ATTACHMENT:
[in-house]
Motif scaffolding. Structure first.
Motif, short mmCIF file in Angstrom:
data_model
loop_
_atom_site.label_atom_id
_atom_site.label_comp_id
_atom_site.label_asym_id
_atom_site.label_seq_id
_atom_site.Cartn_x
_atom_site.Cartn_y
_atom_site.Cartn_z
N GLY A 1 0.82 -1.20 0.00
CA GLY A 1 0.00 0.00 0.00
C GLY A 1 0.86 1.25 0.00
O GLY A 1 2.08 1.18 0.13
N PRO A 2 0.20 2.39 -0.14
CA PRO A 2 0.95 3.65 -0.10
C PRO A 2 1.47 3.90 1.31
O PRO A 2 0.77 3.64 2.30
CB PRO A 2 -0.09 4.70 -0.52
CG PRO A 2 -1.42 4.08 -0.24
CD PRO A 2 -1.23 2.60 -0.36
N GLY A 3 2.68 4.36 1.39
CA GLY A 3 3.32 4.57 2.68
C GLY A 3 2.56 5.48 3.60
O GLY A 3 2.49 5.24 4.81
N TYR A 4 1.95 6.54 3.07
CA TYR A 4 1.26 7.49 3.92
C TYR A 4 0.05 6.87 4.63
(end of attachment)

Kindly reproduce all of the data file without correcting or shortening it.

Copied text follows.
[in-house]
Motif scaffolding. Structure first.
Motif, short mmCIF file in Angstrom:
data_model
loop_
_atom_site.label_atom_id
_atom_site.label_comp_id
_atom_site.label_asym_id
_atom_site.label_seq_id
_atom_site.Cartn_x
_atom_site.Cartn_y
_atom_site.Cartn_z
N GLY A 1 0.82 -1.20 0.00
CA GLY A 1 0.00 0.00 0.00
C GLY A 1 0.86 1.25 0.00
O GLY A 1 2.08 1.18 0.13
N PRO A 2 0.20 2.39 -0.14
CA PRO A 2 0.95 3.65 -0.10
C PRO A 2 1.47 3.90 1.31
O PRO A 2 0.77 3.64 2.30
CB PRO A 2 -0.09 4.70 -0.52
CG PRO A 2 -1.42 4.08 -0.24
CD PRO A 2 -1.23 2.60 -0.36
N GLY A 3 2.68 4.36 1.39
CA GLY A 3 3.32 4.57 2.68
C GLY A 3 2.56 5.48 3.60
O GLY A 3 2.49 5.24 4.81
N TYR A 4 1.95 6.54 3.07
CA TYR A 4 1.26 7.49 3.92
C TYR A 4 0.05 6.87 4.63